Scooby-Doo and The Loch Ness Monster
What parents need to know
Parents Need to Know
Parents need to know that this feature is simply a longer version of the typical Scooby-Doo television cartoon. Sexuality, language, commercialism, and substance use are non-issues. The only potential red flag is the violence, which is rendered in very comic fashion -- no deaths, no injuries, but plenty of wacky chases. The monster that creates the violence is an evil-looking serpent-like creature and is potentially scary, especially to very young viewers. The film leaves open the possibility that the monster does truly exist, unlike most Scooby-Doo episodes, which typically expose monsters to be hoaxes perpetrated by unhappy humans.
What's the story?
Scooby, Scooby-Doo, where are you? In SCOOBY-DOO AND THE LOCH NESS MONSTER, Scoob and his pals are visiting Scotland in order to help Daphne's Scottish cousin Shannon host a Highland Games athletic competition. The competition is set to take place next to Loch Ness, where for centuries there have been sightings of a mysterious monster lurking in the water. Of course, with Mystery Inc. on the scene, it's not long before the monster materializes and begins to wreak havoc on the festival grounds, kicking the gang into high monster hunting mode.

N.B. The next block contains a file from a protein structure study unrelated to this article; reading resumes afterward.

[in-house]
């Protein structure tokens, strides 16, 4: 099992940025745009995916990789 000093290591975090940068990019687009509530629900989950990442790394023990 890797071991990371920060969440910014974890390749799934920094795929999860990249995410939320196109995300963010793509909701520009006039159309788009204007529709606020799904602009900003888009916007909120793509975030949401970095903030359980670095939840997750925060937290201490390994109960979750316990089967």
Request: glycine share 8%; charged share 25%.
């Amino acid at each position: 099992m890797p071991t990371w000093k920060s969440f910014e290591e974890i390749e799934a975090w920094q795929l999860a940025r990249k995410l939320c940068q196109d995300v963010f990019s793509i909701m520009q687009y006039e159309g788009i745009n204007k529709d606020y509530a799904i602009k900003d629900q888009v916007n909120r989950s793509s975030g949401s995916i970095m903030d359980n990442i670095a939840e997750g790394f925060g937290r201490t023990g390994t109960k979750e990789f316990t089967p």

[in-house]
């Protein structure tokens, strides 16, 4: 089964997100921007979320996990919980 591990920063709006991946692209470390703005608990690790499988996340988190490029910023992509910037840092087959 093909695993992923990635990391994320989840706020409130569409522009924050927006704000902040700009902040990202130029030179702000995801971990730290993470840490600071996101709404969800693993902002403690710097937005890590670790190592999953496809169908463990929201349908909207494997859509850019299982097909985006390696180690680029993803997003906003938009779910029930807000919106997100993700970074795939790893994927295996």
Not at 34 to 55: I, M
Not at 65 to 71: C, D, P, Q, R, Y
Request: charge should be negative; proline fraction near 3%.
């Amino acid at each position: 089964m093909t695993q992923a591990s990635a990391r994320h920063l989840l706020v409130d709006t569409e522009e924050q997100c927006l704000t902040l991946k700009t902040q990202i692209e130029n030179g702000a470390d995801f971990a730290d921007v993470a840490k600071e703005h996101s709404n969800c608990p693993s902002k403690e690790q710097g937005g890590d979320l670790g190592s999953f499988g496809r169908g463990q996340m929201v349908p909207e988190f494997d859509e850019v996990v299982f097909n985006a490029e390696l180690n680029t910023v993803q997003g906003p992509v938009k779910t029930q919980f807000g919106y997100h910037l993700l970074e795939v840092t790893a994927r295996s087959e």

Is it any good?
This feature is a beefed up Scooby-Doo television episode, with very little to elevate it above that. It does an admirable job of introducing children to some of the more unique aspects of Scottish culture, including the dialect, traditional sporting competitions, and foods, without making the Scots appear to be too strange.
The longer length will make the film drag a bit for parents and older kids, who will quickly recognize the repetitious pattern of chaotic chases followed by analysis of clues. However, younger children who are fans of the show should have a fun time piecing together a slightly larger mystery with the gang.
Explore, discuss, enjoy
Families can talk about how the open ending is different from other Scooby-Doo adventures. Could there really be a Loch Ness monster? Why did Fiona Pembroke need to fake the monster if there is a real one?